In June of 2016, the circuit court held a status hearing and extended petitioner's improvement period again. At the time, petitioner was attending inpatient substance abuse treatment. The following month, petitioner successfully completed the inpatient program. However, three days after completing the program, petitioner tested positive for alcohol. She then tested positive for alcohol again the following month. Moreover, petitioner refused to submit to multiple drug screens between September of 2016 and November of 2016. Further, petitioner failed to follow up with intensive outpatient treatment, as recommended by the inpatient program. The circuit court held a status hearing in September of 2016, during which the DHHR moved for the matter to proceed to disposition due to petitioner's noncompliance with the terms of her improvement period.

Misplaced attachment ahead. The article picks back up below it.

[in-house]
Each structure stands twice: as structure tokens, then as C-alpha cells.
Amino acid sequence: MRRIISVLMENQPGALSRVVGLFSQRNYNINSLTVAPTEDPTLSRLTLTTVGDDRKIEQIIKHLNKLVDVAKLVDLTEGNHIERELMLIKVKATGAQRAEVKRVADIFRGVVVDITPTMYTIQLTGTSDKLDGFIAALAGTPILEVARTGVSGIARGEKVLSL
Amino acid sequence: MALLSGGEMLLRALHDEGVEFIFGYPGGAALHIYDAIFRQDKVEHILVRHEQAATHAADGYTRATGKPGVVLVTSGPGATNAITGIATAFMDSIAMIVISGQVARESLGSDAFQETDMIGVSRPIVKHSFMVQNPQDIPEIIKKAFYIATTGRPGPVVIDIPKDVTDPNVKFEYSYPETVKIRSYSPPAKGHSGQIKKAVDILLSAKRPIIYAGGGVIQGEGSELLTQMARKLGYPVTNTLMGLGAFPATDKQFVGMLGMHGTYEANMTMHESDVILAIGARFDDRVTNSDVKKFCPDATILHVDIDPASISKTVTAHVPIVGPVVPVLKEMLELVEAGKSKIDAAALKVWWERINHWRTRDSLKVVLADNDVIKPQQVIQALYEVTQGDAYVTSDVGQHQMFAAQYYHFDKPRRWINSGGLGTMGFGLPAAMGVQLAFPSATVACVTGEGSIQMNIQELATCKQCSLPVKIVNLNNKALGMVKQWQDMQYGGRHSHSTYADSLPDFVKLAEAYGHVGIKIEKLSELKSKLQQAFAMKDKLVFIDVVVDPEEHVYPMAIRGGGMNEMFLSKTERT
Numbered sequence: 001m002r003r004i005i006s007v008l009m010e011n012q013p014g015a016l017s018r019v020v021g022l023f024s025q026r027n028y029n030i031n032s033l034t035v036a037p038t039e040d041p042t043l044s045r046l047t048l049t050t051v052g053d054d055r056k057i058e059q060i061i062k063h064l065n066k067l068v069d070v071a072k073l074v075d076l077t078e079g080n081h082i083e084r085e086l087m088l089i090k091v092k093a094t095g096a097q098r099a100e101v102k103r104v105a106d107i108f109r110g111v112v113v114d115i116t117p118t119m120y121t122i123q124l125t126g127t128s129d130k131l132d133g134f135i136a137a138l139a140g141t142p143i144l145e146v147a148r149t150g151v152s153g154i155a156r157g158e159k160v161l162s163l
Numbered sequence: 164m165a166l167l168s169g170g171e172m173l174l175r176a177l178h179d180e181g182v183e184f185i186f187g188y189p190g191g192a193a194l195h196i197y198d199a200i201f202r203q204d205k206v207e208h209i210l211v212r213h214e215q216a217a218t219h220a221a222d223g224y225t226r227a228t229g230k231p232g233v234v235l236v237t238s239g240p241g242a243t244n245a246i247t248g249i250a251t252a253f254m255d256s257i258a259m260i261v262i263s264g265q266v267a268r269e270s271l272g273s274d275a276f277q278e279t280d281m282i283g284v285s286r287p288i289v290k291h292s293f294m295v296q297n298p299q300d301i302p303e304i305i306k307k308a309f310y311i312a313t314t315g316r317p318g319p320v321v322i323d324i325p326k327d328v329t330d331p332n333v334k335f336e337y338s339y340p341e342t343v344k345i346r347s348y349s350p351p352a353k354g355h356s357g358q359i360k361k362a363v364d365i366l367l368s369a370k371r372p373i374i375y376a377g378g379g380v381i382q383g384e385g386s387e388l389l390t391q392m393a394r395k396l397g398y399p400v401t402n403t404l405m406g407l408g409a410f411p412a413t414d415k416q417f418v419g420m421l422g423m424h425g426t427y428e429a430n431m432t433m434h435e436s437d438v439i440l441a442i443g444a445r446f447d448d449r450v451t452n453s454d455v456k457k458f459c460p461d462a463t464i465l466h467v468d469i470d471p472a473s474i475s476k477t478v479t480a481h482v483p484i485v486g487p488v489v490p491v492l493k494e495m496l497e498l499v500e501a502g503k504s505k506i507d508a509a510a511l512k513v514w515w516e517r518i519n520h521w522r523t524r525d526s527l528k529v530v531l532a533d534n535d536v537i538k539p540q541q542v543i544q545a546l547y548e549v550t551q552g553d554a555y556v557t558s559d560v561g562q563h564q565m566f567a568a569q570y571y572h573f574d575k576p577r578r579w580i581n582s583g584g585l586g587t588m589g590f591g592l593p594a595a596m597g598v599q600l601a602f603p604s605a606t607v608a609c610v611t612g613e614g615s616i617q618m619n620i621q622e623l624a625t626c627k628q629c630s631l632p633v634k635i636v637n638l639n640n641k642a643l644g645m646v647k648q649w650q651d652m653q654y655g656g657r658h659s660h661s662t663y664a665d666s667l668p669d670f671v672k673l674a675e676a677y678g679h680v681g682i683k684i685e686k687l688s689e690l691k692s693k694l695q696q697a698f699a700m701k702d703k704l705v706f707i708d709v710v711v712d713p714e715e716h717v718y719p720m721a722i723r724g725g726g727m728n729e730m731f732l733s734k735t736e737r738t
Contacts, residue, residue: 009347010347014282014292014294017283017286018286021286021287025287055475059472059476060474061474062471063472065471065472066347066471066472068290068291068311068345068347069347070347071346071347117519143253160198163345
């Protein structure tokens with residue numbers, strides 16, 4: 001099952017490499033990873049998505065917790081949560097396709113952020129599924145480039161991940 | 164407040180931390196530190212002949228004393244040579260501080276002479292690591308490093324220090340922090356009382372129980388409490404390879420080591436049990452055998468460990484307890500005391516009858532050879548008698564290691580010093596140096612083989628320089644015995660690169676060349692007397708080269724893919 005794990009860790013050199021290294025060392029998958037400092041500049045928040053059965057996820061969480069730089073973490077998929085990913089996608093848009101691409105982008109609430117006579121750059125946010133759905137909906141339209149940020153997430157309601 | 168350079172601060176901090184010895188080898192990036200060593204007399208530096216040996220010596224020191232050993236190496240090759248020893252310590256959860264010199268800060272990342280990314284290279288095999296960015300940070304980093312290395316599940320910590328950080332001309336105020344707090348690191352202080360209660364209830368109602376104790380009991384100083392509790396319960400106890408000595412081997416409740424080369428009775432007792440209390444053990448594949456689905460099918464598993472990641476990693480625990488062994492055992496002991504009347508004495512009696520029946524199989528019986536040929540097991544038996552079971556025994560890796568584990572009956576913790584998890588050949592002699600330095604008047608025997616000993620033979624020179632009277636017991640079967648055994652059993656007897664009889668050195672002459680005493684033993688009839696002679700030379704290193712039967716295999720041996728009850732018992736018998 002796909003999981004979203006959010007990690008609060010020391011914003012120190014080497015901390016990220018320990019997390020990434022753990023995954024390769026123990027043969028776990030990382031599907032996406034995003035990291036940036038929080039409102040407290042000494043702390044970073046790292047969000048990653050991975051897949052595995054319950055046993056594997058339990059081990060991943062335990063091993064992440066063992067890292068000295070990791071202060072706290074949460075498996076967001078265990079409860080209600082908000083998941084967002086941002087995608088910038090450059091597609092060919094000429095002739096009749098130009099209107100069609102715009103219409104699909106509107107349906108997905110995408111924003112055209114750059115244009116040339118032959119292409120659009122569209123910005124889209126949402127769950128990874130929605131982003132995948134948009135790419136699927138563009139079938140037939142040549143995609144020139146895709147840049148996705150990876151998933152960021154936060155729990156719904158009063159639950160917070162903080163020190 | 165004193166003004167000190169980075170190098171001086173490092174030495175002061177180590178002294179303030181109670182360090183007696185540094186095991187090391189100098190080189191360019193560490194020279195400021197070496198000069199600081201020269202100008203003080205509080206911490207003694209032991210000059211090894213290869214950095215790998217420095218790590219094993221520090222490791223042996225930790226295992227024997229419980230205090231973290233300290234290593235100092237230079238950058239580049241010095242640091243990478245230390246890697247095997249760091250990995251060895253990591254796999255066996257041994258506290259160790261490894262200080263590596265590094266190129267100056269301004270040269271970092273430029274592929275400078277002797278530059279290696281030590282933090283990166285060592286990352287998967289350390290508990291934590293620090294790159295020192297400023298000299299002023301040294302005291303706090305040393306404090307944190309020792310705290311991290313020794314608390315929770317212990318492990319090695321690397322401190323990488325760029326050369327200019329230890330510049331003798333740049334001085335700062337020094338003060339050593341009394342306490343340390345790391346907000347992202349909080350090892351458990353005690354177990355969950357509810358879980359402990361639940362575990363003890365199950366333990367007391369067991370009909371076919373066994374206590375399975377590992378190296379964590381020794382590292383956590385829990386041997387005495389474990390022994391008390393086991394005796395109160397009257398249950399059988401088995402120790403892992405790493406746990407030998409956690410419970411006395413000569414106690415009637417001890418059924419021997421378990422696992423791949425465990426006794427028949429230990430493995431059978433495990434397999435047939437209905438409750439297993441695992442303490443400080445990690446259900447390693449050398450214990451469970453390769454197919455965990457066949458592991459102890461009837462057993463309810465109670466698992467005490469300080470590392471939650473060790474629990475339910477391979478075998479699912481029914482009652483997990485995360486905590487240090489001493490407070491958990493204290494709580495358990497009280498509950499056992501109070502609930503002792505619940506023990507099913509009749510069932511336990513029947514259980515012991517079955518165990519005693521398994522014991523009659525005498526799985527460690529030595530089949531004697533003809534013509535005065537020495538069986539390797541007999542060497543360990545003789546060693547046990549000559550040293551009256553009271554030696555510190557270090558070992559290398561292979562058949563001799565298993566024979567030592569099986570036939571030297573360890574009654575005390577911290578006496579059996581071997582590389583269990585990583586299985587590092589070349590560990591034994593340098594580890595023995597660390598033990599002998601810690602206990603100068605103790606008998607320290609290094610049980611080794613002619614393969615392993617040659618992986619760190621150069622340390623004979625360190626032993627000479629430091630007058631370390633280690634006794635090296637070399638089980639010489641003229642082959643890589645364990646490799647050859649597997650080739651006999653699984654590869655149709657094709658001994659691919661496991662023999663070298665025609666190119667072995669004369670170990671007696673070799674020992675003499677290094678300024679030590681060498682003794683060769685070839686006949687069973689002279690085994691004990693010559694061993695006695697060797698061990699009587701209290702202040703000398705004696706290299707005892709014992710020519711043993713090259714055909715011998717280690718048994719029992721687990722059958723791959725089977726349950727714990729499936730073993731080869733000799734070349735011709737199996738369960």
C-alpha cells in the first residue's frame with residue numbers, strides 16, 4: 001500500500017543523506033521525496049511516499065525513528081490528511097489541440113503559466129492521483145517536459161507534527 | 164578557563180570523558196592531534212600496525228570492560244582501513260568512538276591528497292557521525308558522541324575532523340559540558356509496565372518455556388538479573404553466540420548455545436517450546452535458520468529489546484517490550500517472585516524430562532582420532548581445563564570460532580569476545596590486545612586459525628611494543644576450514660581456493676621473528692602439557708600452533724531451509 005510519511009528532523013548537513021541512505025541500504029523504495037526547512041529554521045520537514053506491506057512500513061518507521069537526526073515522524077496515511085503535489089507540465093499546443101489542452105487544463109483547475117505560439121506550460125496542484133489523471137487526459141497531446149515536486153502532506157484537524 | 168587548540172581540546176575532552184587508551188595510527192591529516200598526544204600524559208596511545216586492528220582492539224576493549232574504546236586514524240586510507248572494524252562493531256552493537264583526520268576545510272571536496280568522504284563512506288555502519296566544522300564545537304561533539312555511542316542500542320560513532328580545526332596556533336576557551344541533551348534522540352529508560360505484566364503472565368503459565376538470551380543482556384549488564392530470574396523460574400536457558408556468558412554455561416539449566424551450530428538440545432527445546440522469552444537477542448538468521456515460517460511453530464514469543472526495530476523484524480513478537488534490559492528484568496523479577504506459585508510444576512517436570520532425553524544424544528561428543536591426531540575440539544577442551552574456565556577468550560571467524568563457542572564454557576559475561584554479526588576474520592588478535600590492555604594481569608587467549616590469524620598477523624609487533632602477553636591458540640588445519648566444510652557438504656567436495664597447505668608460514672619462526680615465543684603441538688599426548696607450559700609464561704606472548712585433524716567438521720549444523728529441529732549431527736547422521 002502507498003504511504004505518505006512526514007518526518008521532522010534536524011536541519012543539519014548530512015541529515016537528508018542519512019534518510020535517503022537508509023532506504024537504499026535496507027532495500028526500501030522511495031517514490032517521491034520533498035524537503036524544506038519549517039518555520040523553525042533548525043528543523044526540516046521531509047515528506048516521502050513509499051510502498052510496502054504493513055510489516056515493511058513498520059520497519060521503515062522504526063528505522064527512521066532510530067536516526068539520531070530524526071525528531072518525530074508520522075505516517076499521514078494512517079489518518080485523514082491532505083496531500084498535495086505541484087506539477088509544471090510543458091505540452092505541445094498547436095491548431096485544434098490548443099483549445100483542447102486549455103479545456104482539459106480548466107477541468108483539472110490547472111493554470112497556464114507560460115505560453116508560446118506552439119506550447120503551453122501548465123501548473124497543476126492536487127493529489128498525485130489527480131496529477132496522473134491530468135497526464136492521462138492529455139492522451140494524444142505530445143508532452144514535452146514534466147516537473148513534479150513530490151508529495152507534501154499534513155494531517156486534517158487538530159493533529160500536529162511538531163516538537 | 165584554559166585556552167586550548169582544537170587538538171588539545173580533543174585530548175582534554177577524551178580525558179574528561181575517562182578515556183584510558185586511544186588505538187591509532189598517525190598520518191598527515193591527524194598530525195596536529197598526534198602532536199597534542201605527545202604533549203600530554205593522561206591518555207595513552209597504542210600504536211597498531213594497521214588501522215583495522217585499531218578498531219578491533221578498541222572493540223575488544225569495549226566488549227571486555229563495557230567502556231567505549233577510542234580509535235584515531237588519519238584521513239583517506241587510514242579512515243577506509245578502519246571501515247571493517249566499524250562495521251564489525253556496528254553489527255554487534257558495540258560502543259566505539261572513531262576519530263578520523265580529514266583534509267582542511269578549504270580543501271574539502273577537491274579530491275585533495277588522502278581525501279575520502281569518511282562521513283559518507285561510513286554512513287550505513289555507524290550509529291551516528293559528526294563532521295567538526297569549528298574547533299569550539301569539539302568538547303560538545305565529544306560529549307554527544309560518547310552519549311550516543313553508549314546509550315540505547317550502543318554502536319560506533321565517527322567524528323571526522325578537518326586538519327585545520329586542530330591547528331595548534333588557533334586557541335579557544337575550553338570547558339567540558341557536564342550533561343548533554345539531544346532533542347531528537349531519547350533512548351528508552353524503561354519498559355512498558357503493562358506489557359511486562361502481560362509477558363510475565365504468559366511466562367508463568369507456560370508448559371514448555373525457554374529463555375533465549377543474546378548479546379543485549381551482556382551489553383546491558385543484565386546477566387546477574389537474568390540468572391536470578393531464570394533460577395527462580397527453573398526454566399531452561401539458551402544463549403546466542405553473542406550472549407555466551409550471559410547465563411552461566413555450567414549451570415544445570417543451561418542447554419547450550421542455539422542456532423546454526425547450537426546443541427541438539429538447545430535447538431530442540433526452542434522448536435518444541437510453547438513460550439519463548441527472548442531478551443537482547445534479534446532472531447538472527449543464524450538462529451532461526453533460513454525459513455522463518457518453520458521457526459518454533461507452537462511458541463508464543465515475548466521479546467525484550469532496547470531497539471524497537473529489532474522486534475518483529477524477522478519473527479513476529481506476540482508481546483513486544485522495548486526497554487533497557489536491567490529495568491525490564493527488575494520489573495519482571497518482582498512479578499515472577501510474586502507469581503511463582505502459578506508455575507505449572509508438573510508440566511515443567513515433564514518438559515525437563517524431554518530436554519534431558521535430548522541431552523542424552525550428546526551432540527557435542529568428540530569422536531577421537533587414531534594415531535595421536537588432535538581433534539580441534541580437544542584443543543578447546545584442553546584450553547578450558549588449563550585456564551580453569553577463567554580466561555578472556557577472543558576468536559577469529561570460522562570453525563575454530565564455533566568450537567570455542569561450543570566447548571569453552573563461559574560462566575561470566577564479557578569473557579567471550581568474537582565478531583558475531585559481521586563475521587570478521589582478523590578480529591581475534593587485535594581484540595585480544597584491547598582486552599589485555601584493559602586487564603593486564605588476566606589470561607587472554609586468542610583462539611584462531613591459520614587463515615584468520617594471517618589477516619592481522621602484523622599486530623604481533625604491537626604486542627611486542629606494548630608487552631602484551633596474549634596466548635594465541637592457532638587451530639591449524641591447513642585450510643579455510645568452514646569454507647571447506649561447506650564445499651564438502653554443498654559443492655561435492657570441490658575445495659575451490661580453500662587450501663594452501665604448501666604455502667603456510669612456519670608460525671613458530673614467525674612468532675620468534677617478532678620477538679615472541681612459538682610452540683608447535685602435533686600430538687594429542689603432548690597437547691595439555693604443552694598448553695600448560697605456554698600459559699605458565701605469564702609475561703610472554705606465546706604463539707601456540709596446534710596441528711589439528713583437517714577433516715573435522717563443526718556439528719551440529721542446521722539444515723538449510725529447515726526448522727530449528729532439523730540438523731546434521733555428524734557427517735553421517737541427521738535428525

In November of 2016, the circuit court held a dispositional hearing. The DHHR presented testimony from a caseworker regarding petitioner's failure to fully complete substance abuse treatment, including her failure to follow the recommendations of her inpatient substance abuse program upon her release. Further, petitioner admitted that she failed to comply with several of the terms and conditions of her improvement period, including her failure to attend outpatient substance abuse treatment and Alcoholics Anonymous meetings and to submit to drug screens. Additionally, the caseworker testified that the DHHR offered petitioner transportation assistance, but that she failed to utilize this service. Petitioner confirmed that she failed to take advantage of the DHHR's transportation services. Further, evidence indicated that petitioner failed to submit to a psychiatric assessment to determine treatment for her various mental health issues. Additionally, the circuit court heard evidence concerning petitioner's request to move the child closer to the Beckley, West Virginia, area. According to the DHHR, the child's serious medical needs, including administration and monitoring of oxygen, monitoring of swallowing to avoid aspiration, and other therapeutic services, required that he remain in his foster placement throughout the proceedings so that he would be in close proximity to the doctors rendering his care. As such, the DHHR refused to move the child from the stability of the foster home during the proceedings. Moreover, the DHHR argued that petitioner's request to move the child illustrated her limited understanding of the severity of the child's condition. During the hearing, petitioner moved for an improvement period as disposition. Ultimately, the circuit court denied petitioner's motion for a new improvement period and terminated petitioner's parental rights to the child.[2] It is from the dispositional order that petitioner appeals.